Sunday, October 7, 2018

2 bad analogies about Supreme Court nominees . . .

. . . who face allegations of wrongdoing:

(1) "If I need surgery, I only care about the surgeon's medical skill. I don't care about anything else good or bad that the surgeon might have done. Therefore, we shouldn't care how a Supreme Court nominee has acted in life outside their job performance."

The problem with that: Government is different from a medical specialty like surgery, which has a clear scope and mission that's narrowly defined and uncontroversial. Government can potentially get involved in almost any area of our lives, and questions of what government should and shouldn’t concern itself with are hotly debated. So when we're talking about one of the most powerful government officials, it makes sense to look more broadly at the person's whole character, morals, judgment, etc.

(2) "If you were considering hiring a babysitter or nanny for your kids, and had heard that one candidate sexually assaulted a 15-year-old at age 17, and there were many other candidates who you had no reason to suspect of sexual assault, you'd probably pass over that person — even if it was just a rumor and you couldn't say it was more likely than not to be true. Choosing a Supreme Court Justice is a more important decision than choosing a babysitter or nanny, and therefore shouldn't have a higher standard of proof."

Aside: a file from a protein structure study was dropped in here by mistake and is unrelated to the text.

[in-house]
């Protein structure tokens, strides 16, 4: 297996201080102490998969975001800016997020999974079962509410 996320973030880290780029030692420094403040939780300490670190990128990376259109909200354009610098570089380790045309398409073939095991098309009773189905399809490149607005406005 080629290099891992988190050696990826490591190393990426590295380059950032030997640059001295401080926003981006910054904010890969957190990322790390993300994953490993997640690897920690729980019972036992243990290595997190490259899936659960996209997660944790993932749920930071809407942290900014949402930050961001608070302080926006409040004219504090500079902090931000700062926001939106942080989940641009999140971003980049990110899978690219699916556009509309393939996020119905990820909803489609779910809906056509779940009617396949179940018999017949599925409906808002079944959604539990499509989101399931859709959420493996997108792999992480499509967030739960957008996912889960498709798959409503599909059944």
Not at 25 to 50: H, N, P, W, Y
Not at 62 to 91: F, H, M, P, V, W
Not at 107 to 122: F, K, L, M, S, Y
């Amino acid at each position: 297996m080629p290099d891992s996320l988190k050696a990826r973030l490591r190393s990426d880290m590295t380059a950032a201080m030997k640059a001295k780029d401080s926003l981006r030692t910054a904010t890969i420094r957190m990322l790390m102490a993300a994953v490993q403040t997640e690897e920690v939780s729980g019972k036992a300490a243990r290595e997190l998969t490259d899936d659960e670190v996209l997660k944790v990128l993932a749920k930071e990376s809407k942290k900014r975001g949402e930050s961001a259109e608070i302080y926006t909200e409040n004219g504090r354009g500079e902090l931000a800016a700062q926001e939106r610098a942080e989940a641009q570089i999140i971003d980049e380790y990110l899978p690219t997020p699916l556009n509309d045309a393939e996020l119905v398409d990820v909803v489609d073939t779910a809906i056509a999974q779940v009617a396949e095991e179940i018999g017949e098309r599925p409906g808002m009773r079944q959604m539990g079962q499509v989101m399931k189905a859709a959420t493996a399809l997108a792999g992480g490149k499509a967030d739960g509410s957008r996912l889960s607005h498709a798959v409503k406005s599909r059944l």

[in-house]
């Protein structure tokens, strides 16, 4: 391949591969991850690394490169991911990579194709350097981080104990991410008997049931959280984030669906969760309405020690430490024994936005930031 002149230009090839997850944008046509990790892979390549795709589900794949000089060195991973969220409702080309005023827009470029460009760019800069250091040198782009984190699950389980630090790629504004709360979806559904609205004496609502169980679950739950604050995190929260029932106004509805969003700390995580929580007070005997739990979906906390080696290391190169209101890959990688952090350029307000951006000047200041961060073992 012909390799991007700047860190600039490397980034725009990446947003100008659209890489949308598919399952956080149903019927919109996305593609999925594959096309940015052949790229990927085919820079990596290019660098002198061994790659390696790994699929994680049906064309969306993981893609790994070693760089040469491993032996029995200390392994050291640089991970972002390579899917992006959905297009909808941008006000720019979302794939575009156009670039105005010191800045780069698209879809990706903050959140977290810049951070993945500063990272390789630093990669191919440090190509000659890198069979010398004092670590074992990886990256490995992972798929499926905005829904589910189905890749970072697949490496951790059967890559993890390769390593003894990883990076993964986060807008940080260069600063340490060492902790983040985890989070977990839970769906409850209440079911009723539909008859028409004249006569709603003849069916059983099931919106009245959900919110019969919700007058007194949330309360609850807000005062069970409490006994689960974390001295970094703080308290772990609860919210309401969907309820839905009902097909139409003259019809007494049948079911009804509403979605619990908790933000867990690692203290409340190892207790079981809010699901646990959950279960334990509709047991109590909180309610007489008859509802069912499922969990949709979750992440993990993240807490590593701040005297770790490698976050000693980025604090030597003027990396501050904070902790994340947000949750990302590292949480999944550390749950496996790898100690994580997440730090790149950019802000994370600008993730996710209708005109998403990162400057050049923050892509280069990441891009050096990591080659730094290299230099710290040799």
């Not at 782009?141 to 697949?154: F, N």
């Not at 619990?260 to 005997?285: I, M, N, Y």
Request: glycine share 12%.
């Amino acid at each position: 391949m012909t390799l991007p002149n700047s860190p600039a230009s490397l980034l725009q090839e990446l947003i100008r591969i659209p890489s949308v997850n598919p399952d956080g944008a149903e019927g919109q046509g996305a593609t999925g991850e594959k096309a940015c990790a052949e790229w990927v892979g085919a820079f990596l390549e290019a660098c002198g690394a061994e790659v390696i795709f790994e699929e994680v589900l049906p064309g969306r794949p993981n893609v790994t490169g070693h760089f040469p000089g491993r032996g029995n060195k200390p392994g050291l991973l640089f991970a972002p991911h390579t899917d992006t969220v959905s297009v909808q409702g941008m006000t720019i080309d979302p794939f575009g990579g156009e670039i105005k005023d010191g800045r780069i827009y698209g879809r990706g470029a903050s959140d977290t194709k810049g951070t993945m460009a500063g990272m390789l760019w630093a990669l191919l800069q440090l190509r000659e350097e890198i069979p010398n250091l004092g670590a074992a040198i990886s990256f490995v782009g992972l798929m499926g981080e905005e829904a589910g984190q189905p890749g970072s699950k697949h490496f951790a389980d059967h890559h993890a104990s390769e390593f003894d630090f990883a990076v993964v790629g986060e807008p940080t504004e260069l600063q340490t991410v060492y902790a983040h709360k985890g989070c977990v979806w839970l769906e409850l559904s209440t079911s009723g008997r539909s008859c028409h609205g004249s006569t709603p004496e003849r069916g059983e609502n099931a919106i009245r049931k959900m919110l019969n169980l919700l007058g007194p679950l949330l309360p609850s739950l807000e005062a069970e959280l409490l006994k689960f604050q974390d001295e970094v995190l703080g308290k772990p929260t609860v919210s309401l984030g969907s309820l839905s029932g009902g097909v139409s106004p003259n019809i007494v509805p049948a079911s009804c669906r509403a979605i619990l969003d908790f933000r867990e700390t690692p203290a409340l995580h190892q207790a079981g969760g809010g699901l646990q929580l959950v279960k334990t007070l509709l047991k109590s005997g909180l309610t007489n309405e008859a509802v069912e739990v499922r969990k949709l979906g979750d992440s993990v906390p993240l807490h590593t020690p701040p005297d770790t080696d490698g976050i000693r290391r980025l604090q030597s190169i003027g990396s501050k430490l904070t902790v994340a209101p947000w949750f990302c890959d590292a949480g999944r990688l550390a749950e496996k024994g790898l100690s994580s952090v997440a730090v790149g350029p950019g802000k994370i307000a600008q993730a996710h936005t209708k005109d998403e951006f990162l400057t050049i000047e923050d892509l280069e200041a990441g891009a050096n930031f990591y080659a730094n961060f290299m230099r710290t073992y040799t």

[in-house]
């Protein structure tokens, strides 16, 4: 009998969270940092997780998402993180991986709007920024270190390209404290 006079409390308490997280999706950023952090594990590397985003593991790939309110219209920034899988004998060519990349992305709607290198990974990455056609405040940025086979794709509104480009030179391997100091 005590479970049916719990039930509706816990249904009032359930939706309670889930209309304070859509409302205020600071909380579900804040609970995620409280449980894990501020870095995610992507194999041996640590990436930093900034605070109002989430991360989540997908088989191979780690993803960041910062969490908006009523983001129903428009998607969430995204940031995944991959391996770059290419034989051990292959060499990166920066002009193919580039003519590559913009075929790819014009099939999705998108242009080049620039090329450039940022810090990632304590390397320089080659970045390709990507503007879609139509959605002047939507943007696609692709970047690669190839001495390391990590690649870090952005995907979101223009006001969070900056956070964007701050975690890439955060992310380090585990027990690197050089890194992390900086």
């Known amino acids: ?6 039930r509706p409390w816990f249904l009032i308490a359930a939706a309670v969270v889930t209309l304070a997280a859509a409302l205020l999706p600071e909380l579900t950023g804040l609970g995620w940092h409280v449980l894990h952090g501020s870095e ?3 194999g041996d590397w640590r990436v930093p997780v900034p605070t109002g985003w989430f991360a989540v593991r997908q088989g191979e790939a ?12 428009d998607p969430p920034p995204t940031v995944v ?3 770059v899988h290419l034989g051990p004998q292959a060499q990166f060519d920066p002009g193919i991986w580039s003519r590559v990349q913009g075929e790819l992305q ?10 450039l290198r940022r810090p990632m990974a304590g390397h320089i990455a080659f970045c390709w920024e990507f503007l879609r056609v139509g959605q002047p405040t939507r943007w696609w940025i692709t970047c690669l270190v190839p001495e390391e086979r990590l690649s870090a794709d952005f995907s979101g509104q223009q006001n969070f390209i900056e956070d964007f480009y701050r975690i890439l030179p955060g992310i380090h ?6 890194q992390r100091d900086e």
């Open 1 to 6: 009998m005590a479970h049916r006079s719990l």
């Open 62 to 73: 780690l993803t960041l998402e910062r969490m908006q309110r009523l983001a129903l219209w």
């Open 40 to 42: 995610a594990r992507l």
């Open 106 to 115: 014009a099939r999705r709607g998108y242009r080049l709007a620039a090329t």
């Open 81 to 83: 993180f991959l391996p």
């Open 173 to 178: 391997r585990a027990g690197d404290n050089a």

Problems with that: Hiring someone to help out in your own home is a private decision which you're free to make on a whim. It isn't an extended process that plays out in front of the whole country and could permanently mar a judge’s reputation. Also, choosing a nanny or babysitter isn't an elaborate governmental process that was carefully crafted to provide for separation of powers and checks and balances, in which a nominee is chosen by a president who's typically been elected after making campaign promises/statements about what kind of judges they'll choose, and another branch of government makes the final decision but is expected to give some degree of deference to the president's choice.